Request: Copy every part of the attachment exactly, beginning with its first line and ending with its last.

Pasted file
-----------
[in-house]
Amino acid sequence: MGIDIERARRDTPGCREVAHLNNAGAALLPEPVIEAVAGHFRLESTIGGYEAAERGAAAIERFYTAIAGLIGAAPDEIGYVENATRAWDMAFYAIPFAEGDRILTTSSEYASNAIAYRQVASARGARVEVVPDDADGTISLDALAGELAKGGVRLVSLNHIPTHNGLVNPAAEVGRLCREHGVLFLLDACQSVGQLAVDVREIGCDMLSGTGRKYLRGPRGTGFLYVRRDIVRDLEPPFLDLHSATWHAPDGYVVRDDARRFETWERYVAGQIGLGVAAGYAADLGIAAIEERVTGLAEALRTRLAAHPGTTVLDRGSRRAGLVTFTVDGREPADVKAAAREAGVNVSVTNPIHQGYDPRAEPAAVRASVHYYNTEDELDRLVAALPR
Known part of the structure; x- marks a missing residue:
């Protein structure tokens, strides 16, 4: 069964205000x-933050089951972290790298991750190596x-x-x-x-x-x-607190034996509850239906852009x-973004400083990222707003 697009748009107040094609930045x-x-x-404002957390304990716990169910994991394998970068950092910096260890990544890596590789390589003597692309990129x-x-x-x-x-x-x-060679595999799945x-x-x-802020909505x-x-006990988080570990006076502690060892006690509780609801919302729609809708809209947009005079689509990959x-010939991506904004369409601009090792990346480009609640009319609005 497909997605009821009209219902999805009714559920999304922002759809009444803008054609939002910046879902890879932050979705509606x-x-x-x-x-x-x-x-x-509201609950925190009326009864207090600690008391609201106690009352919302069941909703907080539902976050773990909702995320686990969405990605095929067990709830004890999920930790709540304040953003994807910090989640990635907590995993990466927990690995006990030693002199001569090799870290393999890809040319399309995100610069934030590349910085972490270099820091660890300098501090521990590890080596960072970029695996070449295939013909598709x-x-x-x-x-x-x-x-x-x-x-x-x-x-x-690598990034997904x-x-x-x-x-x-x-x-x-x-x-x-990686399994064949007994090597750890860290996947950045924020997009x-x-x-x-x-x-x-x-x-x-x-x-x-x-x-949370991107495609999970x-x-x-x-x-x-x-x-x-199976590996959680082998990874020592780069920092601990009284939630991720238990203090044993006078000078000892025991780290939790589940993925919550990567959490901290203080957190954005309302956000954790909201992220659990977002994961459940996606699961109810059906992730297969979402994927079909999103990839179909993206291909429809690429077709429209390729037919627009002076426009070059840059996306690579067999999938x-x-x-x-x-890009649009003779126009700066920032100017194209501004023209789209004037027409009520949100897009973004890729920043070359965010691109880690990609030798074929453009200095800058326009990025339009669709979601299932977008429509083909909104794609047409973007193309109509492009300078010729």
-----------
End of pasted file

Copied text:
[in-house]
Amino acid sequence: MGIDIERARRDTPGCREVAHLNNAGAALLPEPVIEAVAGHFRLESTIGGYEAAERGAAAIERFYTAIAGLIGAAPDEIGYVENATRAWDMAFYAIPFAEGDRILTTSSEYASNAIAYRQVASARGARVEVVPDDADGTISLDALAGELAKGGVRLVSLNHIPTHNGLVNPAAEVGRLCREHGVLFLLDACQSVGQLAVDVREIGCDMLSGTGRKYLRGPRGTGFLYVRRDIVRDLEPPFLDLHSATWHAPDGYVVRDDARRFETWERYVAGQIGLGVAAGYAADLGIAAIEERVTGLAEALRTRLAAHPGTTVLDRGSRRAGLVTFTVDGREPADVKAAAREAGVNVSVTNPIHQGYDPRAEPAAVRASVHYYNTEDELDRLVAALPR
Known part of the structure; x- marks a missing residue:
């Protein structure tokens, strides 16, 4: 069964205000x-933050089951972290790298991750190596x-x-x-x-x-x-607190034996509850239906852009x-973004400083990222707003 697009748009107040094609930045x-x-x-404002957390304990716990169910994991394998970068950092910096260890990544890596590789390589003597692309990129x-x-x-x-x-x-x-060679595999799945x-x-x-802020909505x-x-006990988080570990006076502690060892006690509780609801919302729609809708809209947009005079689509990959x-010939991506904004369409601009090792990346480009609640009319609005 497909997605009821009209219902999805009714559920999304922002759809009444803008054609939002910046879902890879932050979705509606x-x-x-x-x-x-x-x-x-509201609950925190009326009864207090600690008391609201106690009352919302069941909703907080539902976050773990909702995320686990969405990605095929067990709830004890999920930790709540304040953003994807910090989640990635907590995993990466927990690995006990030693002199001569090799870290393999890809040319399309995100610069934030590349910085972490270099820091660890300098501090521990590890080596960072970029695996070449295939013909598709x-x-x-x-x-x-x-x-x-x-x-x-x-x-x-690598990034997904x-x-x-x-x-x-x-x-x-x-x-x-990686399994064949007994090597750890860290996947950045924020997009x-x-x-x-x-x-x-x-x-x-x-x-x-x-x-949370991107495609999970x-x-x-x-x-x-x-x-x-199976590996959680082998990874020592780069920092601990009284939630991720238990203090044993006078000078000892025991780290939790589940993925919550990567959490901290203080957190954005309302956000954790909201992220659990977002994961459940996606699961109810059906992730297969979402994927079909999103990839179909993206291909429809690429077709429209390729037919627009002076426009070059840059996306690579067999999938x-x-x-x-x-890009649009003779126009700066920032100017194209501004023209789209004037027409009520949100897009973004890729920043070359965010691109880690990609030798074929453009200095800058326009990025339009669709979601299932977008429509083909909104794609047409973007193309109509492009300078010729």